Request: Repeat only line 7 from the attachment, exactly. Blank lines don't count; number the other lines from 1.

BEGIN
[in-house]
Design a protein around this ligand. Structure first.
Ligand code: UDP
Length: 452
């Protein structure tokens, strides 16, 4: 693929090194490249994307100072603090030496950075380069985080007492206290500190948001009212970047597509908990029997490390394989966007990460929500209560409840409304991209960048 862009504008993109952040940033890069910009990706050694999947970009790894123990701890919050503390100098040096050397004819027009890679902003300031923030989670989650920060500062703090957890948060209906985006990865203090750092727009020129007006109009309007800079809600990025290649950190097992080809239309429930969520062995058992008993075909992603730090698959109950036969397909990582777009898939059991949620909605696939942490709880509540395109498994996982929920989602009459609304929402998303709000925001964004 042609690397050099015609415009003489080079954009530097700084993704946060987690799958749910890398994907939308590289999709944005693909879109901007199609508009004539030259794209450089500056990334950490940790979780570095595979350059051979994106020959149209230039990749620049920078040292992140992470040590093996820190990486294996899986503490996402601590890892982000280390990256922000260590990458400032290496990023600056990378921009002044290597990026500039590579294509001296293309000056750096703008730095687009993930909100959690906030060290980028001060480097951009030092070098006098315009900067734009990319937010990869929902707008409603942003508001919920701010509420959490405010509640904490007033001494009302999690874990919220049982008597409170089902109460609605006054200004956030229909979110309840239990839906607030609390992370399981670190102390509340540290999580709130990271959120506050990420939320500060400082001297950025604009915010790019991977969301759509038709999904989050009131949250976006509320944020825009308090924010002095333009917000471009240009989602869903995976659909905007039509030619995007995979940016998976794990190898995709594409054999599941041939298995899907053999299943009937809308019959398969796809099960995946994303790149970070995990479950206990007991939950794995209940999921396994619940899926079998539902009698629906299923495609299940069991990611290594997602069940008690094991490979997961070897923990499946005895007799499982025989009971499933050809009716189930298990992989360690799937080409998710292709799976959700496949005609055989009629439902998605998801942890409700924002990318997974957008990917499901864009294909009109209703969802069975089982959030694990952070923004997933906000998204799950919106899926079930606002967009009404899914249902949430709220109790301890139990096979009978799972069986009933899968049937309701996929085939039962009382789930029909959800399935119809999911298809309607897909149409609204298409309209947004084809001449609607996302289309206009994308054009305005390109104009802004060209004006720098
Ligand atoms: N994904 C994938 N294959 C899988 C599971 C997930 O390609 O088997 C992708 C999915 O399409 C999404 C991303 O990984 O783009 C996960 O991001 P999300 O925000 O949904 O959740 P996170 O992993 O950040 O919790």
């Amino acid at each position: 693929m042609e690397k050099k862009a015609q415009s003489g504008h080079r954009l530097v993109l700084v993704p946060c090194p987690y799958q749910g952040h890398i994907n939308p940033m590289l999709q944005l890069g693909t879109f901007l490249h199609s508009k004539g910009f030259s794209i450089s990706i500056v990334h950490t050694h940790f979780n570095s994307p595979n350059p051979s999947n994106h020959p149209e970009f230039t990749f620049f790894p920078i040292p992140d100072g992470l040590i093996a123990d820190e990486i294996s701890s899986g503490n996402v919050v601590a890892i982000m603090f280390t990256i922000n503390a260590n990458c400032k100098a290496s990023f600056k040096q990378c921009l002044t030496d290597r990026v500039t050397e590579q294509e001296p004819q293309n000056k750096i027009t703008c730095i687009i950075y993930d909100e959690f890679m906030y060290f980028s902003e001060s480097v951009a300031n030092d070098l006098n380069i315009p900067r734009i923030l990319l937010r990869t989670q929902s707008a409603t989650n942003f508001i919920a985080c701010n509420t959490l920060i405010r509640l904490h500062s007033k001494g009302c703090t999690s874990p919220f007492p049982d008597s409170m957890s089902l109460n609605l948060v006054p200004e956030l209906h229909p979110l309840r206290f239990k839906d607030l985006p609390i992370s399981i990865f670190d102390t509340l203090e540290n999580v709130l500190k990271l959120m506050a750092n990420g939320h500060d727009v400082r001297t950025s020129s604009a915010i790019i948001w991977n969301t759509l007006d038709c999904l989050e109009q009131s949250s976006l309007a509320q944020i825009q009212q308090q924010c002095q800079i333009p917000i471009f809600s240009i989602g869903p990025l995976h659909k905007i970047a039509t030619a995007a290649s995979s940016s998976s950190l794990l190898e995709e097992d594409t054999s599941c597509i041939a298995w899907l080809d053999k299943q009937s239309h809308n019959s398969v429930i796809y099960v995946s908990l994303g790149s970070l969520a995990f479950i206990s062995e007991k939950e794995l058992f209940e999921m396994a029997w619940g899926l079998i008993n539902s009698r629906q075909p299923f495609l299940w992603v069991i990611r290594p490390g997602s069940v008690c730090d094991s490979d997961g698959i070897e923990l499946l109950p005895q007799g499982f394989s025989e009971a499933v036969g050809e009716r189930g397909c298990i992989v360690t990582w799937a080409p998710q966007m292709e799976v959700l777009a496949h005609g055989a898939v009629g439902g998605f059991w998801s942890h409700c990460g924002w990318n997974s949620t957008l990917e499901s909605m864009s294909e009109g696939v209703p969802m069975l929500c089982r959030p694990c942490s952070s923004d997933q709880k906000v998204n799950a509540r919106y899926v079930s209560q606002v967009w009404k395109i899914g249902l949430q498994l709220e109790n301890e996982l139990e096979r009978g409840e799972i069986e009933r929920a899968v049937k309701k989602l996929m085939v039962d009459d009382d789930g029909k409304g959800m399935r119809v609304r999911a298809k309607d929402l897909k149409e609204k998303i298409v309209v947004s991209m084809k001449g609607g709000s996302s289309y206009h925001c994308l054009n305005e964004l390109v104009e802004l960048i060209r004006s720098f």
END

């Amino acid at each position: 693929m042609e690397k050099k862009a015609q415009s003489g504008h080079r954009l530097v993109l700084v993704p946060c090194p987690y799958q749910g952040h890398i994907n939308p940033m590289l999709q944005l890069g693909t879109f901007l490249h199609s508009k004539g910009f030259s794209i450089s990706i500056v990334h950490t050694h940790f979780n570095s994307p595979n350059p051979s999947n994106h020959p149209e970009f230039t990749f620049f790894p920078i040292p992140d100072g992470l040590i093996a123990d820190e990486i294996s701890s899986g503490n996402v919050v601590a890892i982000m603090f280390t990256i922000n503390a260590n990458c400032k100098a290496s990023f600056k040096q990378c921009l002044t030496d290597r990026v500039t050397e590579q294509e001296p004819q293309n000056k750096i027009t703008c730095i687009i950075y993930d909100e959690f890679m906030y060290f980028s902003e001060s480097v951009a300031n030092d070098l006098n380069i315009p900067r734009i923030l990319l937010r990869t989670q929902s707008a409603t989650n942003f508001i919920a985080c701010n509420t959490l920060i405010r509640l904490h500062s007033k001494g009302c703090t999690s874990p919220f007492p049982d008597s409170m957890s089902l109460n609605l948060v006054p200004e956030l209906h229909p979110l309840r206290f239990k839906d607030l985006p609390i992370s399981i990865f670190d102390t509340l203090e540290n999580v709130l500190k990271l959120m506050a750092n990420g939320h500060d727009v400082r001297t950025s020129s604009a915010i790019i948001w991977n969301t759509l007006d038709c999904l989050e109009q009131s949250s976006l309007a509320q944020i825009q009212q308090q924010c002095q800079i333009p917000i471009f809600s240009i989602g869903p990025l995976h659909k905007i970047a039509t030619a995007a290649s995979s940016s998976s950190l794990l190898e995709e097992d594409t054999s599941c597509i041939a298995w899907l080809d053999k299943q009937s239309h809308n019959s398969v429930i796809y099960v995946s908990l994303g790149s970070l969520a995990f479950i206990s062995e007991k939950e794995l058992f209940e999921m396994a029997w619940g899926l079998i008993n539902s009698r629906q075909p299923f495609l299940w992603v069991i990611r290594p490390g997602s069940v008690c730090d094991s490979d997961g698959i070897e923990l499946l109950p005895q007799g499982f394989s025989e009971a499933v036969g050809e009716r189930g397909c298990i992989v360690t990582w799937a080409p998710q966007m292709e799976v959700l777009a496949h005609g055989a898939v009629g439902g998605f059991w998801s942890h409700c990460g924002w990318n997974s949620t957008l990917e499901s909605m864009s294909e009109g696939v209703p969802m069975l929500c089982r959030p694990c942490s952070s923004d997933q709880k906000v998204n799950a509540r919106y899926v079930s209560q606002v967009w009404k395109i899914g249902l949430q498994l709220e109790n301890e996982l139990e096979r009978g409840e799972i069986e009933r929920a899968v049937k309701k989602l996929m085939v039962d009459d009382d789930g029909k409304g959800m399935r119809v609304r999911a298809k309607d929402l897909k149409e609204k998303i298409v309209v947004s991209m084809k001449g609607g709000s996302s289309y206009h925001c994308l054009n305005e964004l390109v104009e802004l960048i060209r004006s720098f």